You don’t have to be a big city to do big things with data.
That’s an unmistakable takeaway from some of the latest cities to achieve What Works Cities Certification, a designation that means they are among the best in the U.S. at using data to deliver better results for their residents.
A number of smaller cities have reached this milestone in recent months, including Athens, Ga. (population 125,000), Evanston, Ill. (75,000), Longmont, Colo. (94,000), and South Bend, Ind. (102,000). By contrast, the average population among the first group of cities to become Certified back in 2018 was over 1 million. A total of 55 cities are now What Works Cities Certified.
To find out how small- and medium-sized cities are upping their game in this area, Bloomberg Cities talked with data leads in five cities whose Certified status was announced recently. They include Athens and Longmont, as well as Henderson, Nev. (pop. 300,000), Paterson, N.J. (145,000), and Pittsburgh (300,000).
Their overriding message? Cities of any size can make big gains with data. “You don’t have to have the budget of a New York City or Los Angeles to be ambitious about using data to make smarter decisions and improve services for residents,” says Florence Julliard of the Bloomberg Philanthropies Government Innovation team. “What small- and mid-sized cities sometimes lack in resources they are able to make up for in determined leadership and a collaborative spirit among city hall staff.”
Here are five more lessons from the newest Certified cities.
1. Leadership must come from the top. The nuts-and-bolts work of improving data systems may happen deep in the trenches of City Hall. But the motivation to do it needs to come from the mayor’s or city manager’s office.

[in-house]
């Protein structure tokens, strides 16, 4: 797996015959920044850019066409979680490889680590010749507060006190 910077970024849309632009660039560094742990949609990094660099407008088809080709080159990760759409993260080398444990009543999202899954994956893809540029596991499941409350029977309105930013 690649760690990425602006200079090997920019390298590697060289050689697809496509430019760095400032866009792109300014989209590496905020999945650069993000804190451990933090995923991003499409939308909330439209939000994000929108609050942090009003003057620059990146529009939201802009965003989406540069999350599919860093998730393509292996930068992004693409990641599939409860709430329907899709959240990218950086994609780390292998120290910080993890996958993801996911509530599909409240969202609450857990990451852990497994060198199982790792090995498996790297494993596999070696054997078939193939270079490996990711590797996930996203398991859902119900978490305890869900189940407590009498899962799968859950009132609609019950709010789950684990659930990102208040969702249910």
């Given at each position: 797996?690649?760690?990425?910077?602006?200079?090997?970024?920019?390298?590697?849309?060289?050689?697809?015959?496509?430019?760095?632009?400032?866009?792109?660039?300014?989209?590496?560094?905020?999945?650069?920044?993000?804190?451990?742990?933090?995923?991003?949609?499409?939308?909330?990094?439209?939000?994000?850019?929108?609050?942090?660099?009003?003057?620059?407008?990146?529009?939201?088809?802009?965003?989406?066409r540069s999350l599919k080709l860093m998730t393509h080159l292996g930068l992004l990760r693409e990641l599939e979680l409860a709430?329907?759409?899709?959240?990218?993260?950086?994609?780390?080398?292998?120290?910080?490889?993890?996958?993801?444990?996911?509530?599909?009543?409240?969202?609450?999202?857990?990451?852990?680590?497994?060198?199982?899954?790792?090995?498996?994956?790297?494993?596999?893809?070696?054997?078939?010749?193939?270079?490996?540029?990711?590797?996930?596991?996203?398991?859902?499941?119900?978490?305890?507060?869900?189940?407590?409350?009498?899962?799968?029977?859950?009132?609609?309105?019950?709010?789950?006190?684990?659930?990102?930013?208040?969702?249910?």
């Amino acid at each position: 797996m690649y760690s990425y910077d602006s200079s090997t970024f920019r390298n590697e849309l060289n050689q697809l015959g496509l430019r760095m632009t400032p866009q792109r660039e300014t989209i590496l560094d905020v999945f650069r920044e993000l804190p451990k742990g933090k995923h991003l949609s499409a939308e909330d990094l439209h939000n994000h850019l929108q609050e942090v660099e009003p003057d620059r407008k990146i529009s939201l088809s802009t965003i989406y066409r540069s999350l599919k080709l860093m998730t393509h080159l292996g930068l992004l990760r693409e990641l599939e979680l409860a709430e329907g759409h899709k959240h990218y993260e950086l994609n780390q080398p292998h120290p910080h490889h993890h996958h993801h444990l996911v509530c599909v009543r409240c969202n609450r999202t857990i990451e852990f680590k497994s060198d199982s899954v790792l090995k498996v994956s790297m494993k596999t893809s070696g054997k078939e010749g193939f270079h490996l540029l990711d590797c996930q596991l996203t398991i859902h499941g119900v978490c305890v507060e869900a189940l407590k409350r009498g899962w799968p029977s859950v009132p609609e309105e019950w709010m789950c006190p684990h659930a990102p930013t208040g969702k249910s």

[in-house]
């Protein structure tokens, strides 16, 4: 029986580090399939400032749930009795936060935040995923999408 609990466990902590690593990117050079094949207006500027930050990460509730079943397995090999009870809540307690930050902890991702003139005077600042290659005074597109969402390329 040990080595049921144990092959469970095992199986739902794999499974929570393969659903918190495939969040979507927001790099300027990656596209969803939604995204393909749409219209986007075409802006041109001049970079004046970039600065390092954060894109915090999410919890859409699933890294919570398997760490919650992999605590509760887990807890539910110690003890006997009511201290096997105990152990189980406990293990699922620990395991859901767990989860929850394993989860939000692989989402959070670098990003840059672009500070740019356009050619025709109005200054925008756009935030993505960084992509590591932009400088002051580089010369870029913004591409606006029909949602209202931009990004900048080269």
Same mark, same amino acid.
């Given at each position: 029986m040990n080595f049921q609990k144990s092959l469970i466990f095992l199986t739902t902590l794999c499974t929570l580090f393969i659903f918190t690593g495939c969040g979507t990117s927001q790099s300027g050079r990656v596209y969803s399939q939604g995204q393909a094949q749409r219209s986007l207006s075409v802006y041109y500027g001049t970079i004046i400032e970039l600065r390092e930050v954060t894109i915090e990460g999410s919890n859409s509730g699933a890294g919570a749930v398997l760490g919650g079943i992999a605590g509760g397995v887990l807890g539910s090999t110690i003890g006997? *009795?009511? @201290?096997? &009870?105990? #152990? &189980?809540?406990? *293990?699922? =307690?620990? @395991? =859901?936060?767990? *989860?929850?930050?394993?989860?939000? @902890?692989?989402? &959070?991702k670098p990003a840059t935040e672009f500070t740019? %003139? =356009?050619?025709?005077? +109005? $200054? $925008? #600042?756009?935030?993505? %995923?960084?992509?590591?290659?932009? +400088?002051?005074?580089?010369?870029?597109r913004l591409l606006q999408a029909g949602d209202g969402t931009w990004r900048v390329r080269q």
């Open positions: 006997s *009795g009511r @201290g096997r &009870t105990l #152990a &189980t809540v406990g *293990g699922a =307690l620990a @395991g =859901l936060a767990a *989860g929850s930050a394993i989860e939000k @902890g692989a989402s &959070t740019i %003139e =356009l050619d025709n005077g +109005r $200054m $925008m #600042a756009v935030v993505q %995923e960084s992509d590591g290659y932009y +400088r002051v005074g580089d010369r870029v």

That was true in Longmont, says Becky Doyle, executive director of consolidated services for the city. About a decade ago, various city agencies began collecting a lot more data within public safety, utilities, and other service areas. It was when the city manager asked to coordinate that data across agencies that the city’s efforts really took off.
“We had all this information about public safety calls for service, water-main breaks, where people had reported vicious dogs, and many other things,” Doyle says. The leadership push supercharged efforts to pull all that data out of “silos” to get a more “organizational view” of what’s going on in the city. “Leadership support has really driven the participation” of agencies, she adds.
Organizational structure matters. In Athens, Chief Data Officer Joseph D’Angelo says the city’s data efforts go further faster because they’re led out of one of a handful of offices that report directly to the city manager. Likewise, in Paterson, it’s critical that Mayor Andre Sayegh is a big champion of using data to serve residents better. “Culture change has to come from the very top,” says Chief Data Officer Harsha Mallajoysula. “Leadership has to be invested in it before everyone else will get invested in it.”
2. Someone needs to own the job of improving data practices. In terms of staffing structures and job titles related to data, the five newly Certified cities vary in a lot of ways. One thing they have in common: A person or people in charge of overseeing data efforts across the organization.
In Henderson, that’s Laura Shearin’s team within the Office of Performance and Innovation. In Athens, that’s D’Angelo and colleagues in the Geospatial Information Office. And in In Pittsburgh, that’s Chris Belasco’s office within the Department of Innovation and Performance. A few years ago, Belasco’s bosses “decided to elevate my role,” he says, “from being just a project manager who was running enterprise stuff to actually running a little data shop that involved bringing engineers and analysts under the same house.”